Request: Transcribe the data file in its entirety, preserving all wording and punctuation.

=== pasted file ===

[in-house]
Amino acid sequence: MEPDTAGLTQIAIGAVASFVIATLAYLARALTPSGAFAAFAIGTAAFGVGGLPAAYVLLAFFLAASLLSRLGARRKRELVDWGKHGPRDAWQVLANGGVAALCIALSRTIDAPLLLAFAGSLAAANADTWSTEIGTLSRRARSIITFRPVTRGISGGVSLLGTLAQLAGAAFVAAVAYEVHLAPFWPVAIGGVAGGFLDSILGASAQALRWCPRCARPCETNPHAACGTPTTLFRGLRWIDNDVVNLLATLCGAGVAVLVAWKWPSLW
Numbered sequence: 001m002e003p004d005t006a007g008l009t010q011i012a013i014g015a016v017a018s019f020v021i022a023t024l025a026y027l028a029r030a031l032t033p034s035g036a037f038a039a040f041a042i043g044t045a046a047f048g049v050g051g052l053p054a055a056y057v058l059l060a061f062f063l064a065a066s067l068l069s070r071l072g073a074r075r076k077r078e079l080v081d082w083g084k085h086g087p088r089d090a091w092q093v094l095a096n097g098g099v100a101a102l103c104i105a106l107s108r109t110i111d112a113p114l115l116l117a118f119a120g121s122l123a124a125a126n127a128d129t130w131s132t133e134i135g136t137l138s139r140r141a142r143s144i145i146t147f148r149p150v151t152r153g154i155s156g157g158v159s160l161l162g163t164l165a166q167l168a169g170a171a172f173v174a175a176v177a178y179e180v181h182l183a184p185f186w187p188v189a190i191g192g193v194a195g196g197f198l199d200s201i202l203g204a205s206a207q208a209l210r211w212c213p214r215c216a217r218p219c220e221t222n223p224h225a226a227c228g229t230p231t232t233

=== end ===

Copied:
[in-house]
Amino acid sequence: MEPDTAGLTQIAIGAVASFVIATLAYLARALTPSGAFAAFAIGTAAFGVGGLPAAYVLLAFFLAASLLSRLGARRKRELVDWGKHGPRDAWQVLANGGVAALCIALSRTIDAPLLLAFAGSLAAANADTWSTEIGTLSRRARSIITFRPVTRGISGGVSLLGTLAQLAGAAFVAAVAYEVHLAPFWPVAIGGVAGGFLDSILGASAQALRWCPRCARPCETNPHAACGTPTTLFRGLRWIDNDVVNLLATLCGAGVAVLVAWKWPSLW
Numbered sequence: 001m002e003p004d005t006a007g008l009t010q011i012a013i014g015a016v017a018s019f020v021i022a023t024l025a026y027l028a029r030a031l032t033p034s035g036a037f038a039a040f041a042i043g044t045a046a047f048g049v050g051g052l053p054a055a056y057v058l059l060a061f062f063l064a065a066s067l068l069s070r071l072g073a074r075r076k077r078e079l080v081d082w083g084k085h086g087p088r089d090a091w092q093v094l095a096n097g098g099v100a101a102l103c104i105a106l107s108r109t110i111d112a113p114l115l116l117a118f119a120g121s122l123a124a125a126n127a128d129t130w131s132t133e134i135g136t137l138s139r140r141a142r143s144i145i146t147f148r149p150v151t152r153g154i155s156g157g158v159s160l161l162g163t164l165a166q167l168a169g170a171a172f173v174a175a176v177a178y179e180v181h182l183a184p185f186w187p188v189a190i191g192g193v194a195g196g197f198l199d200s201i202l203g204a205s206a207q208a209l210r211w212c213p214r215c216a217r218p219c220e221t222n223p224h225a226a227c228g229t230p231t232t233